Your Questions Answered, Part II

Just days till Turkey Day, so good luck to all you folks traveling. I'm gearing up for a marathon run at "The Wire." And, of course, answering your questions.

And incidentally, the offer is still open. If you've got more questions, owing to the nature of the week, now's your chance. This one is one of two from Maggie (I'll answer 'em both). Maggie asks
1. What was your favorite toy as a kid? Explain.
This is one of those questions that's fun to answer but is maybe just a bit deceptive.

I had a fair amount of toys growing up, in part because my mother ran a day car out of the house. That also meant that while there were a lot of toys around, none of them were really mine either. In third grade, for example, a child bit the head off my Han Solo action figure and only I morned Han's loss. If only it were the carbonite, but alas, as I think Greedo tried to explain, for the family it was just business.

Those sorts of moments aside, when I think about growing up I don't really think about toys for most of it. Because my mom ran a day care, for a long time, there were plenty of kids to play with. And so when we played, it was freeze tag or superheros or some other pretend game. And when I was older than the kids she was watching, I spent most of my time at my best friend's house, swinging out of a tree, accidentally hitting his dog with a soccer ball (I swear, Pierre was a freakin' soccer ball magnet), reading comic books or later, watching Mtv.

But there is one toy that, by virtue of its simplicity, maintained its joy across most of those time periods: Silly Putty What a genius invention! Admit it, you would have played with Silly Putty long into your middle school days at least. Who didn't love stretching their favorite comic character's face? Silly Putty was the strangest thing to happen to comics till 5 Card Nancy. But Silly Putty went even further. Want to trap your G.I. Joe? Silly Putty is the answer. Want to simulate bodily functions to younger kids? Silly Putty. Stretch Armstrong just tried to steal Silly Putty's cool. And he failed! And that failure made his insides turn to goo (we know your weakness, Stretch).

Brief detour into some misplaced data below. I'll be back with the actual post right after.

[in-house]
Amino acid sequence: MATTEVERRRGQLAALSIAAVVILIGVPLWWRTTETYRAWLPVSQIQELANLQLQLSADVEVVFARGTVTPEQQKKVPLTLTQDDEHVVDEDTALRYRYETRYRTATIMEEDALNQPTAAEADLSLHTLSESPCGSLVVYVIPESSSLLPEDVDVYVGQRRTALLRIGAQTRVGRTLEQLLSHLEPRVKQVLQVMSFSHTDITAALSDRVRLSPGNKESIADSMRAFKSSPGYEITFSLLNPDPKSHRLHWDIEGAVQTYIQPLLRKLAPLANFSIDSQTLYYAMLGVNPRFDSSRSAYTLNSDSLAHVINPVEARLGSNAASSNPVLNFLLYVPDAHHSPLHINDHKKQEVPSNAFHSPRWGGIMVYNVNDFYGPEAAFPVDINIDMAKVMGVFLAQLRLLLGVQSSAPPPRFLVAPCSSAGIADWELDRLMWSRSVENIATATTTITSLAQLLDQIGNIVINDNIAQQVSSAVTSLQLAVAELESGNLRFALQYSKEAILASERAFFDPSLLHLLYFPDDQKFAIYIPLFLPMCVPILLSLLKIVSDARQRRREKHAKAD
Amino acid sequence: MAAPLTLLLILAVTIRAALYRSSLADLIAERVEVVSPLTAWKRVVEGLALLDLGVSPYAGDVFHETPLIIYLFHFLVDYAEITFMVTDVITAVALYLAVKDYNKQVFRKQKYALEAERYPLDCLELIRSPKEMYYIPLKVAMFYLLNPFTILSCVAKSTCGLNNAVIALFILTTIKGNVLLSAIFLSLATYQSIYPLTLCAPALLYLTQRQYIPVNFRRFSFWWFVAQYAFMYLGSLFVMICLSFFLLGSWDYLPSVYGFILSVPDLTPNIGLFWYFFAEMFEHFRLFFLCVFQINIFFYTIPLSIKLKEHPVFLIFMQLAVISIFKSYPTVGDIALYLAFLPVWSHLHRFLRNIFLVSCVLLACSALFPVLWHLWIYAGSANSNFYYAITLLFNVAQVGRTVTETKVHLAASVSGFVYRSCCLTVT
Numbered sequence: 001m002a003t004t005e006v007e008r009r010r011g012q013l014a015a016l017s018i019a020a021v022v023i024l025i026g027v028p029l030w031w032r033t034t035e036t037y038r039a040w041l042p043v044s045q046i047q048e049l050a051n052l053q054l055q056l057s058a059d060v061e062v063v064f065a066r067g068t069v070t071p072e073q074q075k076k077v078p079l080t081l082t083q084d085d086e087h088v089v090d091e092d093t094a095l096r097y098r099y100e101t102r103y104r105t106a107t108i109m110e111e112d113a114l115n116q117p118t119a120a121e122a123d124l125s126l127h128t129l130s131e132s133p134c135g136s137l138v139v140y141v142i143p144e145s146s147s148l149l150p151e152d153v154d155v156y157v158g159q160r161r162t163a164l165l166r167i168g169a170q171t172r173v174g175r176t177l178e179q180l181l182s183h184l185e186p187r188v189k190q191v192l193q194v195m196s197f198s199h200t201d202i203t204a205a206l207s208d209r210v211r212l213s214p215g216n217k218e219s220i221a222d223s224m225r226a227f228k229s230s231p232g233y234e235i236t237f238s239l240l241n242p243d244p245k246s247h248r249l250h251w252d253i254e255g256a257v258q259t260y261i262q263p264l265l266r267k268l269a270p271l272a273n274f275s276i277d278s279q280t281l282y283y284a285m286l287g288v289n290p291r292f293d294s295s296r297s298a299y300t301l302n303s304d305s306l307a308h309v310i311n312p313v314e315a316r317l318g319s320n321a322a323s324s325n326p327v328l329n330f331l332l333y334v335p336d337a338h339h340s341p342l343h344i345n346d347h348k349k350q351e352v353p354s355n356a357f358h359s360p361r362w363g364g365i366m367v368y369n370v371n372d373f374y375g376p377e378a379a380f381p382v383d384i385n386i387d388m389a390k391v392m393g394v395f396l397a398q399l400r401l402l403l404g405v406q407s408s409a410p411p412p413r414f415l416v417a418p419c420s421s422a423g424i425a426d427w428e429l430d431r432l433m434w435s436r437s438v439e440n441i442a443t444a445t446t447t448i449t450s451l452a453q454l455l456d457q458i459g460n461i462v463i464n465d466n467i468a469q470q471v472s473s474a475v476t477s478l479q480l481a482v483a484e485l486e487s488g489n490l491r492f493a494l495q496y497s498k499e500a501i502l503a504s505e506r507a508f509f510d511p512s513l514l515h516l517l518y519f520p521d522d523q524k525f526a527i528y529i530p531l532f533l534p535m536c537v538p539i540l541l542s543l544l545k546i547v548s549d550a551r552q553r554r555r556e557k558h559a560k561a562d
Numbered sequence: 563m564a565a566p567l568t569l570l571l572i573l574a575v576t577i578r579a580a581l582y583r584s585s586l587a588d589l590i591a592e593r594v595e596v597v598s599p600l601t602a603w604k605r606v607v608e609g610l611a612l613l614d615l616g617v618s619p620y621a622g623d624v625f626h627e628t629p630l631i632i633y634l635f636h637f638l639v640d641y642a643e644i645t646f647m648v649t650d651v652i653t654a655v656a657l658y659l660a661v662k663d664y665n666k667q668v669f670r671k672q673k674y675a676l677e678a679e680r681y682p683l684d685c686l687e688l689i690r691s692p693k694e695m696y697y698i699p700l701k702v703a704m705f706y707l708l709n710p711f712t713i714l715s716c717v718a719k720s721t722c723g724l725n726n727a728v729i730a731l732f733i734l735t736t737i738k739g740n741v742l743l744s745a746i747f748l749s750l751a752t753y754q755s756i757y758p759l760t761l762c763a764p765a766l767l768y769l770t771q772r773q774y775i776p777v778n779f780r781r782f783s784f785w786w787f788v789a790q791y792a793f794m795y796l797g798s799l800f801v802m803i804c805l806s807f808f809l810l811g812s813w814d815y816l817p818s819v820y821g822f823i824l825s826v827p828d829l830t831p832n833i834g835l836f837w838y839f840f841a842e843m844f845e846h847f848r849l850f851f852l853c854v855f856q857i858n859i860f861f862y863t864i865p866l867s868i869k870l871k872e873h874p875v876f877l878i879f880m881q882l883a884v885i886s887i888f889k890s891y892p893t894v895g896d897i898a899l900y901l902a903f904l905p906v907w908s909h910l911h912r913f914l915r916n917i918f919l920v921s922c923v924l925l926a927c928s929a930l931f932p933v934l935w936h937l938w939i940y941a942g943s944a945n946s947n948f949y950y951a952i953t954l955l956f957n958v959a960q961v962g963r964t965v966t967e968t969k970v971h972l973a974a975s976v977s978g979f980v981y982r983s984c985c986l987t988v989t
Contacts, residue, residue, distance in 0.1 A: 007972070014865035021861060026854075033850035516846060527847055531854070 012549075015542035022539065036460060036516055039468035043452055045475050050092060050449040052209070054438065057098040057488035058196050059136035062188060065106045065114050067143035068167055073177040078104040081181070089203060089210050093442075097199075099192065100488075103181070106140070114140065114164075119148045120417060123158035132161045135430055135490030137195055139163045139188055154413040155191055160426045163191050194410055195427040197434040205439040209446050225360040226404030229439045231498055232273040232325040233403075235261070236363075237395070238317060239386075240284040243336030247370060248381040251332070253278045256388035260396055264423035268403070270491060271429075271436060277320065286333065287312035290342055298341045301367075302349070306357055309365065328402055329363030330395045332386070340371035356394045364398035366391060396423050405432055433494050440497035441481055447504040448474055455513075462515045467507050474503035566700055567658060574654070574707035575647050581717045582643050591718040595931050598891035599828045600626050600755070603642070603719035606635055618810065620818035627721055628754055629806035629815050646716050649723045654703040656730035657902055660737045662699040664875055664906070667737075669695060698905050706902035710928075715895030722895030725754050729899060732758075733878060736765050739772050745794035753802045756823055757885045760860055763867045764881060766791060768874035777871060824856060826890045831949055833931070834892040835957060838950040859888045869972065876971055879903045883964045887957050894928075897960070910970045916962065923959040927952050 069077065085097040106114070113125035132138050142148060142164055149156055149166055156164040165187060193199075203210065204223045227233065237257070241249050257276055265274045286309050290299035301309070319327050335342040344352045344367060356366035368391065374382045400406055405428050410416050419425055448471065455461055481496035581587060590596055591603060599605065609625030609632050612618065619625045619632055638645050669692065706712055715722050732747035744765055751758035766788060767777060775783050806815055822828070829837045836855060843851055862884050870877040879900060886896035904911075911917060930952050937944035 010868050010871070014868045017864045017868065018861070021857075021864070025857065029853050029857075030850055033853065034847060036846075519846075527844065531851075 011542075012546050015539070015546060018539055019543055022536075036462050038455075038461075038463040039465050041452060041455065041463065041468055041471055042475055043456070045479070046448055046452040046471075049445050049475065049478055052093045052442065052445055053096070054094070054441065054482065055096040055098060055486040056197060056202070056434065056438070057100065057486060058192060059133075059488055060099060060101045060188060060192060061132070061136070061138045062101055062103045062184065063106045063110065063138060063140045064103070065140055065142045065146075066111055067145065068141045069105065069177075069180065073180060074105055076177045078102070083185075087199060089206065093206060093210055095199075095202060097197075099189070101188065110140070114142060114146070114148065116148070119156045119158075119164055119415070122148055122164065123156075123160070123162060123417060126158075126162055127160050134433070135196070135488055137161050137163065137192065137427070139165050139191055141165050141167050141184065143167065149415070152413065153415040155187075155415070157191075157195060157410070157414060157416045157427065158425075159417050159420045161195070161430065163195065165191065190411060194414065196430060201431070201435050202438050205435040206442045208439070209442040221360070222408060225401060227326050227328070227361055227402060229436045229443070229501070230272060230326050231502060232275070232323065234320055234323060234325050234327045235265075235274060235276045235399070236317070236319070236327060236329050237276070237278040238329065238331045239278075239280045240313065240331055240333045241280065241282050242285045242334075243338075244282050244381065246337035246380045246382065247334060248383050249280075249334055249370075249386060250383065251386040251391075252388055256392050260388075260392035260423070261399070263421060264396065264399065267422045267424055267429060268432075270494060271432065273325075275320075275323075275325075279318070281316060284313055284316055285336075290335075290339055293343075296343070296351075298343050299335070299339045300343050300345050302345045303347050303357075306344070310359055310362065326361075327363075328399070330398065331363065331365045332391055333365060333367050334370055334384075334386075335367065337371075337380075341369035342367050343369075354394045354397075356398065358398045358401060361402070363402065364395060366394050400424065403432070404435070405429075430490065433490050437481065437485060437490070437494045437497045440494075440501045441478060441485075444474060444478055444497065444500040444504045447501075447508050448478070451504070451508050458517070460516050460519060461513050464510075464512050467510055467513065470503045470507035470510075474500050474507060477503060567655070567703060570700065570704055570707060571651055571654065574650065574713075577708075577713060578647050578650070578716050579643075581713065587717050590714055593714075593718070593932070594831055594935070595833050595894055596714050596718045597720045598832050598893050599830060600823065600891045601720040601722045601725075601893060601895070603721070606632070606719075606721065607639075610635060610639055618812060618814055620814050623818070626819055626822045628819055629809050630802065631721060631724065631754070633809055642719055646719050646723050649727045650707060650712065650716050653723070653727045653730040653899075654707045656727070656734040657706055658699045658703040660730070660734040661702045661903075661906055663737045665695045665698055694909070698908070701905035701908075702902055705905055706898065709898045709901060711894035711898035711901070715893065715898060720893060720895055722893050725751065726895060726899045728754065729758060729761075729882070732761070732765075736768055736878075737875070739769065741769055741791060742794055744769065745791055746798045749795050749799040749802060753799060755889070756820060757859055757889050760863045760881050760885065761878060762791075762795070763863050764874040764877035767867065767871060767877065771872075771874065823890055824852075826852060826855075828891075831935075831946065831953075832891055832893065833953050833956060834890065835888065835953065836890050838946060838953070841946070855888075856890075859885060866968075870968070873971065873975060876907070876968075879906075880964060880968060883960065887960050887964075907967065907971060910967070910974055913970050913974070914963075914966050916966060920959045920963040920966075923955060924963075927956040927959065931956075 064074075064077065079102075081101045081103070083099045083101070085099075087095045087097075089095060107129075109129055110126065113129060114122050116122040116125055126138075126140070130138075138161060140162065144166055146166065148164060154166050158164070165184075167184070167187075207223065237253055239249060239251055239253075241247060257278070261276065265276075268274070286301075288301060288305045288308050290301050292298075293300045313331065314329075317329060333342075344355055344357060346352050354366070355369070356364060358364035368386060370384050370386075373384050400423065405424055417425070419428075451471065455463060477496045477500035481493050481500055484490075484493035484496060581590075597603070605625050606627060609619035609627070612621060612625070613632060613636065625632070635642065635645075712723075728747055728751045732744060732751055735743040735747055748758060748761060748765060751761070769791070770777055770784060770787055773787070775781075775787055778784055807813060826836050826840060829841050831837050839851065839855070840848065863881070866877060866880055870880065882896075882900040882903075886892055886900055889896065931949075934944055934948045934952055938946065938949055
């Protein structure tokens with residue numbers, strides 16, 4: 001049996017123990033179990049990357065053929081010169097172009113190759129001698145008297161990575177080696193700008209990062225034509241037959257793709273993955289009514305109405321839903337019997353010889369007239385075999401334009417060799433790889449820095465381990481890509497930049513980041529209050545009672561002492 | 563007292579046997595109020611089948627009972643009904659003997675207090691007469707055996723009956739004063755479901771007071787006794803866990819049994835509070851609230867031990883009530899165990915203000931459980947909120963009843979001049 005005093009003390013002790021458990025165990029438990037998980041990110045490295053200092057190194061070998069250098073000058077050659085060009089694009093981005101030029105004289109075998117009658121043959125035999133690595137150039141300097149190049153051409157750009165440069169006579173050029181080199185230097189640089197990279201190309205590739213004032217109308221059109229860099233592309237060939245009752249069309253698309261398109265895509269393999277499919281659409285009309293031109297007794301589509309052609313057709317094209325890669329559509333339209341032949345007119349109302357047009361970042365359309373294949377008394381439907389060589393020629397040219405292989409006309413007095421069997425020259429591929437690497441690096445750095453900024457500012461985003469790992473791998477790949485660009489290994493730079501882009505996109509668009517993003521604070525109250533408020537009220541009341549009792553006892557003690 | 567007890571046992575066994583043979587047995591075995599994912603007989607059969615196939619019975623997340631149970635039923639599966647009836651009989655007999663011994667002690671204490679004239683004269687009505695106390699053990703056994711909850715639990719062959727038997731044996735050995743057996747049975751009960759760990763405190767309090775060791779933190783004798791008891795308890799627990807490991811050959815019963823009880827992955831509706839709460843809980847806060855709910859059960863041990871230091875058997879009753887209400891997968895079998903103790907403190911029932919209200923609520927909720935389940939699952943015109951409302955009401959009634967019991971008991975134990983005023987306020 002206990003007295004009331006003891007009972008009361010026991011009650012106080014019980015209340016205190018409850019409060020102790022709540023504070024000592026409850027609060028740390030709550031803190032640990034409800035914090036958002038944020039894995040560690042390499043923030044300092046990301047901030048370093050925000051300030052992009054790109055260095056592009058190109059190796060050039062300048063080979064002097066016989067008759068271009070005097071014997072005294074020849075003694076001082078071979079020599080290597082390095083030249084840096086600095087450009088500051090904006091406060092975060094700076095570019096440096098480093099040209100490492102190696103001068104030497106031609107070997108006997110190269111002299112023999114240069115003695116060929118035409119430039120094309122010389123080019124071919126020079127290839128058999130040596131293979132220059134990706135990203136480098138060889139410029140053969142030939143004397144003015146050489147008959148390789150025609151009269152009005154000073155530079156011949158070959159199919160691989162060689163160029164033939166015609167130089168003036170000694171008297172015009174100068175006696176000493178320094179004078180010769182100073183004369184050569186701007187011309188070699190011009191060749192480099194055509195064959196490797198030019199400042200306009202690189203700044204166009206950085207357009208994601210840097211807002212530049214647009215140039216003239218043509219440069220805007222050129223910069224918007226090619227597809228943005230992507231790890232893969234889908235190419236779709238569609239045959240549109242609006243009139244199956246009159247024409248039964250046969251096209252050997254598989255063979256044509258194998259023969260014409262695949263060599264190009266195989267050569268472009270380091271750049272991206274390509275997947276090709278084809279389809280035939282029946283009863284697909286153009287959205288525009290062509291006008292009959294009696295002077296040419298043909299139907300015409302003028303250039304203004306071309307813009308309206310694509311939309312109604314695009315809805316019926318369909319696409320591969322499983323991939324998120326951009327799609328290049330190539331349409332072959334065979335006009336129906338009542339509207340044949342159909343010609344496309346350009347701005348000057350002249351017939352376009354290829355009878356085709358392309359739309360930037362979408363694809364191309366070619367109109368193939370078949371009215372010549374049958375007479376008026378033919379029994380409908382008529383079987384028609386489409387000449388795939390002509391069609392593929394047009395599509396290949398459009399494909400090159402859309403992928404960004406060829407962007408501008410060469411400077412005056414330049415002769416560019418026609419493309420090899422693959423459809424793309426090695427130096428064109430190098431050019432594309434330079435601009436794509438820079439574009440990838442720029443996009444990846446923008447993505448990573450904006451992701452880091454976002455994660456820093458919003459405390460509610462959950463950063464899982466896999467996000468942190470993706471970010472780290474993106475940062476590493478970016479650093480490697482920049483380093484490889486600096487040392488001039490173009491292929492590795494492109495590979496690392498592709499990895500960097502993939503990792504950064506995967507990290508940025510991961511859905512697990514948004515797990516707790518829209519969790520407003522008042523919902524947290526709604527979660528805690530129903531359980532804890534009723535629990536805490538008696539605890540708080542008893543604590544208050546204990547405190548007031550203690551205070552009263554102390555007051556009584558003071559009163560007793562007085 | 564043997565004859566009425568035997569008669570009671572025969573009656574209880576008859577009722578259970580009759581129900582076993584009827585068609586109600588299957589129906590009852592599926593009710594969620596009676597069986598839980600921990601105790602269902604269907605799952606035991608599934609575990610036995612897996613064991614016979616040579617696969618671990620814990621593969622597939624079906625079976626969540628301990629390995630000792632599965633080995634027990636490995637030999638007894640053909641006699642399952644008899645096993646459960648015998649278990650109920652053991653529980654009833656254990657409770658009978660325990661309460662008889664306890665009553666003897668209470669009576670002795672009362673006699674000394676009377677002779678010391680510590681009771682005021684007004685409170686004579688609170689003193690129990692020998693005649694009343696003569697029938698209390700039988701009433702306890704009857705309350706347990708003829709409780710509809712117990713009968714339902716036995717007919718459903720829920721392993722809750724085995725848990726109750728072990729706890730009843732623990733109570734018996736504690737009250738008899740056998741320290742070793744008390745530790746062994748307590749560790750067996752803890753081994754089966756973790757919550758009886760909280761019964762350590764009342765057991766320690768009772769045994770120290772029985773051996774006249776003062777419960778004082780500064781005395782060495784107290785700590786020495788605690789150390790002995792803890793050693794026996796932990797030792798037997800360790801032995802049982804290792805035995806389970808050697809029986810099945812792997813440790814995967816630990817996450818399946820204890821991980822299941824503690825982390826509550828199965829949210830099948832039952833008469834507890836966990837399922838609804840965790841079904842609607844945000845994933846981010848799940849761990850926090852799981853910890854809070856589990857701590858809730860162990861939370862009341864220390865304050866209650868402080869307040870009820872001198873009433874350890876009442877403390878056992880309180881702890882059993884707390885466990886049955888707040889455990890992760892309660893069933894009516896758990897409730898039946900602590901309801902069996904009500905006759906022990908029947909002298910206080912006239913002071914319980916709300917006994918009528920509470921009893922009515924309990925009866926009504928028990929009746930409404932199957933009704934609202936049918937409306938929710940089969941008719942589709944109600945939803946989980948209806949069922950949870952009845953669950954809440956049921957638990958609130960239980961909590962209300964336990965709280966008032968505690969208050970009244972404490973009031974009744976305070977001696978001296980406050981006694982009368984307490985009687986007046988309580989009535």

Waxing poetic about it, Silly Putty is proof that the simplest ideas are often the best. It was, as are Crayons, an elegant, simple solution (and I mean this along the same lines as Watson and Crick's explanation of the double helix as a simple, elegant solution) to nearly any bored childhood (oh, who am I kidding, I still own them) moment. Keep your Nintendos. Break your GameBoys. Silly Putty on a family vacation almost made it tolerable to be stuck in the back with one of my siblings, the same way Crayons made more than a bit of life in a cubicle make a bit more sense.

Okay, now that [/geek] might really work. Tomorrow, part two of Maggie's question and maybe Belle's, too.

And, of course, just like Stretch always said, have a Happy Thanksgiving.


4 Responses to “Your Questions Answered, Part II”
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Maggie said...

I hate to break this to you, dear Dr., but if you have an academic blog, you're pretty much broadcasting GEEK at top volume for everyone to hear. There is no bracketing of "geek" for those of us with blogs, my friend. The more pertinent question is: What VARIETY of geek are you?

I like silly putty choice btw.

November 21, 2007 at 9:57 AM
Dr. Curmudgeon said...

Seems to me there are degrees of "geek." You're right, just by blogging (in the same way that I think "just by having a Ph.D.") I am rightly considered a geek, spending time lamenting a lost Han Solo action figure from 30+ years ago escalates it. Hence, the extra tags.

Dare I ask how one determines the variety of geek (aside from me answering these questions, of course)? I hope it doesn't involve a blood sample or anything.

November 22, 2007 at 8:00 PM
Maggie said...

I think this is probably material for a whole blog post, don't you? (Or, a wiki entry, which would be awesome. And geeky. Or geekily awesome.) I'm thinking along the lines of "those that belong to the Emperor," "those drawn with a fine camel hair brush"... and if you get that reference, then you are special kind of geek indeed.

November 25, 2007 at 8:04 AM
Dr. Curmudgeon said...

I'm not sure I need to be any more special a geek than I already am, but I can't resist. It's Borges, isn't it?

November 25, 2007 at 11:08 AM